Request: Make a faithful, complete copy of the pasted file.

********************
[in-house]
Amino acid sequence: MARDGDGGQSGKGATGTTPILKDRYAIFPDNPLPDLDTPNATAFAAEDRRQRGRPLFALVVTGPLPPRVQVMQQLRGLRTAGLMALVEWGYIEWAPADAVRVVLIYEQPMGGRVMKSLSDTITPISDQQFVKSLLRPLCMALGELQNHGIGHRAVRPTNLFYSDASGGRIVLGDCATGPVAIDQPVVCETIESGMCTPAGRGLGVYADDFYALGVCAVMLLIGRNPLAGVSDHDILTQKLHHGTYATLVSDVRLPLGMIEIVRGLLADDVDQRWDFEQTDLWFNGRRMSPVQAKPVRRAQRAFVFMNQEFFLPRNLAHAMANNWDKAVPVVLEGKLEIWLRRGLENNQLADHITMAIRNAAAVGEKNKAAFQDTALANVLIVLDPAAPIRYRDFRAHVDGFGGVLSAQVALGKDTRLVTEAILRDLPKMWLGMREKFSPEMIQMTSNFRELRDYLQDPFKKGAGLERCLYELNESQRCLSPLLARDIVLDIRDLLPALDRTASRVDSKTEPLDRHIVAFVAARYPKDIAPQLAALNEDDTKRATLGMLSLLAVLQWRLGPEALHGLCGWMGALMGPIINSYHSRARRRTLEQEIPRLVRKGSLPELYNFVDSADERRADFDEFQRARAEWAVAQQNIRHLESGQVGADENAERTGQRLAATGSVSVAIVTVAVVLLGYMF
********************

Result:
[in-house]
Amino acid sequence: MARDGDGGQSGKGATGTTPILKDRYAIFPDNPLPDLDTPNATAFAAEDRRQRGRPLFALVVTGPLPPRVQVMQQLRGLRTAGLMALVEWGYIEWAPADAVRVVLIYEQPMGGRVMKSLSDTITPISDQQFVKSLLRPLCMALGELQNHGIGHRAVRPTNLFYSDASGGRIVLGDCATGPVAIDQPVVCETIESGMCTPAGRGLGVYADDFYALGVCAVMLLIGRNPLAGVSDHDILTQKLHHGTYATLVSDVRLPLGMIEIVRGLLADDVDQRWDFEQTDLWFNGRRMSPVQAKPVRRAQRAFVFMNQEFFLPRNLAHAMANNWDKAVPVVLEGKLEIWLRRGLENNQLADHITMAIRNAAAVGEKNKAAFQDTALANVLIVLDPAAPIRYRDFRAHVDGFGGVLSAQVALGKDTRLVTEAILRDLPKMWLGMREKFSPEMIQMTSNFRELRDYLQDPFKKGAGLERCLYELNESQRCLSPLLARDIVLDIRDLLPALDRTASRVDSKTEPLDRHIVAFVAARYPKDIAPQLAALNEDDTKRATLGMLSLLAVLQWRLGPEALHGLCGWMGALMGPIINSYHSRARRRTLEQEIPRLVRKGSLPELYNFVDSADERRADFDEFQRARAEWAVAQQNIRHLESGQVGADENAERTGQRLAATGSVSVAIVTVAVVLLGYMF